I’m coming up on a fairly long stretch away from the office. My resolve will be tested.
Vacations quaintly are designed to give your body and mind a break from work and an opportunity to do things you can’t do while on the job. Even if you burn the days off in a hibernating stay-cation instead of flying to Africa to climb Mount Kilimanjaro, it’s still valuable time spent not concentrating on your job.
The digital age has screwed up the whole traditional “let’s go to the hot springs and sunbathe and sleep for two weeks” vacation groove. A Netiquette blog post on CNN today reports that almost 60 percent of American adults check their work e-mail during holidays. I’ll bet the percentage is far higher during vacations.
So, e-mail checker, are you getting a good holiday, a lazy, fun vacation? Not like you used to, I’m sure.
In recent years I’ve been the occasional victim of vacations or long weekends sullied because I gave into the neurotic impulse to keep track of e-mail every couple of days. Of all the e-mails I’ve opened on vacation that elicited a curse of frustration, I can’t recall a single one that absolutely required my immediate response or action. But many of them washed away vacation dreaminess like a blast of freezing water.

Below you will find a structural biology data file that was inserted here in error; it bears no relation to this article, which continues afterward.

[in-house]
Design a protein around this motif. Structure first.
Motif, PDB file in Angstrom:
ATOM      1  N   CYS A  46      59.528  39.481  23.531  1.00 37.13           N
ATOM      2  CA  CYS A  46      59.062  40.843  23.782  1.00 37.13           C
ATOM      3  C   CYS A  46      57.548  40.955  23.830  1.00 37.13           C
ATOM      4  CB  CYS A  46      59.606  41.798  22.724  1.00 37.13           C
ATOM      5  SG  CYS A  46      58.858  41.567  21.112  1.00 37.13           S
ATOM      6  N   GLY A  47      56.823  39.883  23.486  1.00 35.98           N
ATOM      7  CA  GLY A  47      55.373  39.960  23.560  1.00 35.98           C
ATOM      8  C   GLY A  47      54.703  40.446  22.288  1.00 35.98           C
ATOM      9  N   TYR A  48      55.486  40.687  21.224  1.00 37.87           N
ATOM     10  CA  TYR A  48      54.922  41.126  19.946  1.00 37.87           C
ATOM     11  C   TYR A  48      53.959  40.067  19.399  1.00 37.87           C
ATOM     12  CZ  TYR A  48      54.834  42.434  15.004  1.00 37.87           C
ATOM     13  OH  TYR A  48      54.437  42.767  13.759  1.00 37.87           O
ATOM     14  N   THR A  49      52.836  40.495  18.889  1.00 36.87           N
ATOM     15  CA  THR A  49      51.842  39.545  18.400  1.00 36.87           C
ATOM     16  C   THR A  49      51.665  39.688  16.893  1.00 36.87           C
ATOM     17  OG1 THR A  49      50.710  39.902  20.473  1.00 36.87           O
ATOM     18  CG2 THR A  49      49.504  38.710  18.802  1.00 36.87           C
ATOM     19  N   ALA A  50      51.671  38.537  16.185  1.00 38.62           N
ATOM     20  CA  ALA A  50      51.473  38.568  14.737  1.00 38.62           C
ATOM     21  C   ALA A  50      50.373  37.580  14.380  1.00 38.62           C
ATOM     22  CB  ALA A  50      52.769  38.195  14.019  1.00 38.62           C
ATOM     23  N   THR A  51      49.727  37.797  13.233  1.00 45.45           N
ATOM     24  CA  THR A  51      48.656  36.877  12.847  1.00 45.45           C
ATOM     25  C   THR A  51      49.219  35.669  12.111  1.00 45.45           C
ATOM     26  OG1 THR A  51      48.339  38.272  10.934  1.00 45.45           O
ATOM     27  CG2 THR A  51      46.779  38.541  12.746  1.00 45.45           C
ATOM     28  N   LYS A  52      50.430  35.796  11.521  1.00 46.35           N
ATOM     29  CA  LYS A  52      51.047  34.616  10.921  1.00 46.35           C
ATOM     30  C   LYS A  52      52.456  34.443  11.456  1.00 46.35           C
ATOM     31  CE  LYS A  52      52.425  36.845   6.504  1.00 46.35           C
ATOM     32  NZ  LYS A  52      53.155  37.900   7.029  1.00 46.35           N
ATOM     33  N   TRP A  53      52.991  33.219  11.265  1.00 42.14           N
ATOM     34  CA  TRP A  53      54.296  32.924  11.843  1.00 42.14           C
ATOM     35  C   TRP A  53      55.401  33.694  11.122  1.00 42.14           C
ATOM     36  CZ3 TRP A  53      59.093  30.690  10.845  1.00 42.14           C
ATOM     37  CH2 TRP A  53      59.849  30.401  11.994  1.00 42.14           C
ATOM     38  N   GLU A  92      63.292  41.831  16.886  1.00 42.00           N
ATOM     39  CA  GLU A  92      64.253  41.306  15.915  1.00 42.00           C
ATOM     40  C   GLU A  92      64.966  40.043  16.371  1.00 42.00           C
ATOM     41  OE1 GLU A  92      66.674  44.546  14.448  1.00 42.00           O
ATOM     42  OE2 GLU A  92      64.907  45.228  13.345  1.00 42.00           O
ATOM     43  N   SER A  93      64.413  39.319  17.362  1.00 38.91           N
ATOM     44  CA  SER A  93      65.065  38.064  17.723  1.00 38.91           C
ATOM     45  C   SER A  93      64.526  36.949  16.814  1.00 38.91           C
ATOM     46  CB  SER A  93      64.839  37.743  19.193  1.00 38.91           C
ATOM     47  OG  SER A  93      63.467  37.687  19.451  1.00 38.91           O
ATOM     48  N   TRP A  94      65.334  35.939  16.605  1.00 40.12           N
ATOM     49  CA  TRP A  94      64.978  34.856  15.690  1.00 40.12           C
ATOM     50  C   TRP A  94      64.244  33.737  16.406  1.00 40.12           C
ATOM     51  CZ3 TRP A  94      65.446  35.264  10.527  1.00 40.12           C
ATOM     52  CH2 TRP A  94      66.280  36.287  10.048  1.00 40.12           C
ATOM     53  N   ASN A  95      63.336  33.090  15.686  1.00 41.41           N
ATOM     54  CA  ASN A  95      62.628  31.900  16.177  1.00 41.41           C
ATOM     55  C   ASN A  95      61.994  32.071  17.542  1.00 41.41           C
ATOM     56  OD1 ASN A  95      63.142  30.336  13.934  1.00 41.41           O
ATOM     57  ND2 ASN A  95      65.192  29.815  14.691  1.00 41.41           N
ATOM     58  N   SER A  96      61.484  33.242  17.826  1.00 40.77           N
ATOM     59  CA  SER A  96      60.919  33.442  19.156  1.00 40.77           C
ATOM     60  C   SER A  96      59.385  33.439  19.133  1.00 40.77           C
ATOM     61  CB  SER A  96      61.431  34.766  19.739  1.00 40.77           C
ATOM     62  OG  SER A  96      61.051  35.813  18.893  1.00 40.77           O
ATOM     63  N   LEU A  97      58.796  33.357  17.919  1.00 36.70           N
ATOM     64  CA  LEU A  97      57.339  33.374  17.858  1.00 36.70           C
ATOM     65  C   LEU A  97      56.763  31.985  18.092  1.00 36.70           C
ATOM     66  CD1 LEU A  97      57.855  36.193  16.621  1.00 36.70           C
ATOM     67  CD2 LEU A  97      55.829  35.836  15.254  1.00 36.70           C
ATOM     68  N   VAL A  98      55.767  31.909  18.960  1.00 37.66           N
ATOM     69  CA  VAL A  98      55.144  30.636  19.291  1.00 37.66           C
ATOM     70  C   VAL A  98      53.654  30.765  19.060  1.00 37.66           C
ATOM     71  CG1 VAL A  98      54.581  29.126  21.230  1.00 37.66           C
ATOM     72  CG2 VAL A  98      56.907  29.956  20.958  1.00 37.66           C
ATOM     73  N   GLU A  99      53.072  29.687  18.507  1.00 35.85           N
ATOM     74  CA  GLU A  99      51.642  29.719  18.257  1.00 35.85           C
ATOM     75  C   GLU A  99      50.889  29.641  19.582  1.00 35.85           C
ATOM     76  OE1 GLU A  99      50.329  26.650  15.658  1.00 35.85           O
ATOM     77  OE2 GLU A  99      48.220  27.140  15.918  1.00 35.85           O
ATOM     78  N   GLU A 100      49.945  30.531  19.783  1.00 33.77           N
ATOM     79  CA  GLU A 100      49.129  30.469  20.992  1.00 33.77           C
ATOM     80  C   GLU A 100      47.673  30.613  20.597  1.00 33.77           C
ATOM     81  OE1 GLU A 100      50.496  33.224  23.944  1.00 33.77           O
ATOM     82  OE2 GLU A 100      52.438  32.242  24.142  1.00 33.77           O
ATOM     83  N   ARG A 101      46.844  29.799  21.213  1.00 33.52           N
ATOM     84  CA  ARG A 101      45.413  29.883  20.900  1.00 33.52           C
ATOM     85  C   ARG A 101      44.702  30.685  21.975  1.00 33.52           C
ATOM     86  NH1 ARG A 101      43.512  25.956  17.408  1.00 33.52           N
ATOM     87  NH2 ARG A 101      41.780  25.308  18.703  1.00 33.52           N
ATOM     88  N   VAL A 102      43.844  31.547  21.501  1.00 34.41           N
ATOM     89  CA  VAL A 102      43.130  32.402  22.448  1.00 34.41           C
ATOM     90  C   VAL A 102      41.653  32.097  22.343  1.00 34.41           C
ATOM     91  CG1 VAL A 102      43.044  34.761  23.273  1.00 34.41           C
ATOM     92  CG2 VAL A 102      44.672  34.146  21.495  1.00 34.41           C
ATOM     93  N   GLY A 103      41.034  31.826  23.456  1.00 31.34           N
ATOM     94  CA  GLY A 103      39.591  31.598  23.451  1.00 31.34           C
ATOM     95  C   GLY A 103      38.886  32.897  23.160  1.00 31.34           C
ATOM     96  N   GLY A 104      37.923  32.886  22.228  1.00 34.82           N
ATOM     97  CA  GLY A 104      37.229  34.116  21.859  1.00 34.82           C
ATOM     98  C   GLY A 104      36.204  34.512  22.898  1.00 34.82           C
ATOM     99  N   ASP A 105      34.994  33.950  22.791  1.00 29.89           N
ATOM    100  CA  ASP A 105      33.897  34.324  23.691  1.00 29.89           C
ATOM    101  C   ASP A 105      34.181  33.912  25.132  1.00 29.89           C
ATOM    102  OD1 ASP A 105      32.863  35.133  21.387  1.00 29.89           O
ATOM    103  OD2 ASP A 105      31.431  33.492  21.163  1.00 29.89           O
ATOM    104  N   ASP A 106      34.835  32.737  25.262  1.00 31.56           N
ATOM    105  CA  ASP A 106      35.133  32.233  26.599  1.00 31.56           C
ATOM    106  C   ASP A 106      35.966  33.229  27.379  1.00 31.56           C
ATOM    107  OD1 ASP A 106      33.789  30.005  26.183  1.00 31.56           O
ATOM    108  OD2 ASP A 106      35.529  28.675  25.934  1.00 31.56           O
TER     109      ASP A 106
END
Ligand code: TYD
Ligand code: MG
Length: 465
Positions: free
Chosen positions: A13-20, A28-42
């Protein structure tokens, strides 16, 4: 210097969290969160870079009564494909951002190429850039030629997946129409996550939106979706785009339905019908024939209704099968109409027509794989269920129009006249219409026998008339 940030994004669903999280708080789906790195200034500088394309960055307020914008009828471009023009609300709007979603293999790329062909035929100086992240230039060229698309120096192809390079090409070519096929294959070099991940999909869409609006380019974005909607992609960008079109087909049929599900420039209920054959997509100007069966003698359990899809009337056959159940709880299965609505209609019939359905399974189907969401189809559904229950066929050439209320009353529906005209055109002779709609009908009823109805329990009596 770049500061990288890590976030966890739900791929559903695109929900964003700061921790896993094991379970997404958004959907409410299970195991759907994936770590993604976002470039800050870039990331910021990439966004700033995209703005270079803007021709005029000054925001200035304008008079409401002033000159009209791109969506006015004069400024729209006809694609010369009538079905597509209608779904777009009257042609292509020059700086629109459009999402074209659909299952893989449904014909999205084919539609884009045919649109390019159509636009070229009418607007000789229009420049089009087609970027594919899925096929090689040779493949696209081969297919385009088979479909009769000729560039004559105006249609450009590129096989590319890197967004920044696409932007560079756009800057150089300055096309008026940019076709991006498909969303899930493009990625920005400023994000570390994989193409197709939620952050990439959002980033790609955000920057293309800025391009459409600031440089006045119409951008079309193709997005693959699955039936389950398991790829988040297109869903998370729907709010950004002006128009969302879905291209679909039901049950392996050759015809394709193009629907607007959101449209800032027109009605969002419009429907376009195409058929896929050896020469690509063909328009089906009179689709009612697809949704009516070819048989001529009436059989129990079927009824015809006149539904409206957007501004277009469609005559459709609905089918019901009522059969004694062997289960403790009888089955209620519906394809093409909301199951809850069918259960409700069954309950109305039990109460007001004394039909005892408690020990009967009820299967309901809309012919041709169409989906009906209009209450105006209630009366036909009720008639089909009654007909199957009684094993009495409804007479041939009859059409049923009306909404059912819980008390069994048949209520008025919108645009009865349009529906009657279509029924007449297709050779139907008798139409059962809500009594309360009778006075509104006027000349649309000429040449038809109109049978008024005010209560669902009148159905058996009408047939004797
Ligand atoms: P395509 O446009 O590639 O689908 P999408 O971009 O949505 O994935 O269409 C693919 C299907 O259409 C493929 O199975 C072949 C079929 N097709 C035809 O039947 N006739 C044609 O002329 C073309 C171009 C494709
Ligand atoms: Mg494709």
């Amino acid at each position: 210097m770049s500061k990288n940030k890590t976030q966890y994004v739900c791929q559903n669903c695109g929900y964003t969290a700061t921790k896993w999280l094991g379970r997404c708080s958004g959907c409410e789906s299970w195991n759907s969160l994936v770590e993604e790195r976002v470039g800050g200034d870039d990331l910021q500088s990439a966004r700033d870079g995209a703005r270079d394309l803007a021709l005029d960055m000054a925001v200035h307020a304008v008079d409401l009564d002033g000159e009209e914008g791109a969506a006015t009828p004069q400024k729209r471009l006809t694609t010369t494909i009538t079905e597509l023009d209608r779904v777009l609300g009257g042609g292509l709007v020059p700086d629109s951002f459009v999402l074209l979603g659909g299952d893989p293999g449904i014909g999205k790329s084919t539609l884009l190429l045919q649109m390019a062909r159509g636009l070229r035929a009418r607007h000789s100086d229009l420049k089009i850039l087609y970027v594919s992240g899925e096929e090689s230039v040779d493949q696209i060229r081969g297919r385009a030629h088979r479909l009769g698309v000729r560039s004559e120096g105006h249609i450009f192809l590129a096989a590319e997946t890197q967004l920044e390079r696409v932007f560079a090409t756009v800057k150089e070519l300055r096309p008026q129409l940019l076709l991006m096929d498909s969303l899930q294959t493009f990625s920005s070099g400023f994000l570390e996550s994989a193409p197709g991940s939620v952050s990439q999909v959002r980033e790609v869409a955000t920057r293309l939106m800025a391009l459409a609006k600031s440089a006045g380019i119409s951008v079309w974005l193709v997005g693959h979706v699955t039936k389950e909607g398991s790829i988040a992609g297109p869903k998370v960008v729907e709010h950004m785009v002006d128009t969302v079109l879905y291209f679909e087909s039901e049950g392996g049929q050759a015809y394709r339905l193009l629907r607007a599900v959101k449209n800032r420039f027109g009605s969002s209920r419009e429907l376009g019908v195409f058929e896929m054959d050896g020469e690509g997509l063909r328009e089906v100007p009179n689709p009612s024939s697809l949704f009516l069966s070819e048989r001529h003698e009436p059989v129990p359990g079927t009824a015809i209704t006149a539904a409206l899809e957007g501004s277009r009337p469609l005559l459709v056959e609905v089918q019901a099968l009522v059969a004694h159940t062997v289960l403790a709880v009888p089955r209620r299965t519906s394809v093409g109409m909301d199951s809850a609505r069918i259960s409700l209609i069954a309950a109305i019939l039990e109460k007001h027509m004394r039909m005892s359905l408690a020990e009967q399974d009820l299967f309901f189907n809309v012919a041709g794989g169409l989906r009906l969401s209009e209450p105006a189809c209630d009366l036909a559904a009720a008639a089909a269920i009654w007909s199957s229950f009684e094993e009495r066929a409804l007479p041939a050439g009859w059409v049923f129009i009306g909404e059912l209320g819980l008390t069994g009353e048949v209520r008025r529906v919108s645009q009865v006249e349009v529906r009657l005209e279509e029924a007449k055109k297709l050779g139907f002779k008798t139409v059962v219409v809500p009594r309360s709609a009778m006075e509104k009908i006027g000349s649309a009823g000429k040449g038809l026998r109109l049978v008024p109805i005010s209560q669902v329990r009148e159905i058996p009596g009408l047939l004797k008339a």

This time, I intend to maintain strict radio silence, like they say in the war movies. No Facebook. No Twitter. No virtual private network connection to the office. And above all, no Outlook e-mail retrieval.
In theory, this will be a blissful time filled with fun and relaxation, with minimal or even nonexistent qualms about what kinds of crises might be playing out back at the workplace. Yes, I should return to work limber in all muscles and joints and grinning like a happy fool.
Of course, I can think of several hazards that might blow up my clever plan:
- I’m leaving my cell phone number, so they’ll call me if needed. Everything left hanging will come rushing back into my unprotected vacation-brain.
- Something urgent actually might come up that deserves my attention right away. Upon returning to work, I’ll examine the carnage and berate myself for not being plugged in to quickly resolve or minimize the problem.
- I’ll doggedly hold to my vow of digital silence but be guilt ridden the whole time, worrying about what kind of disaster I may be allowing to happen by not being on eternal duty.
- My boss might read this blog post and become annoyed that I’m plotting something that could be categorized as managerial slacking.
Nevertheless, I’m going to try it. After vacation, I’ll come back to work as a fully rested and restored ball of fire deserving of immediate fat raises and promotions. I’ll also post a postscript to this post. (See? I really do need a vacation.)
Finally, I’m wondering how others cope with work-related vacation demands or anxieties. Please post your thoughts here.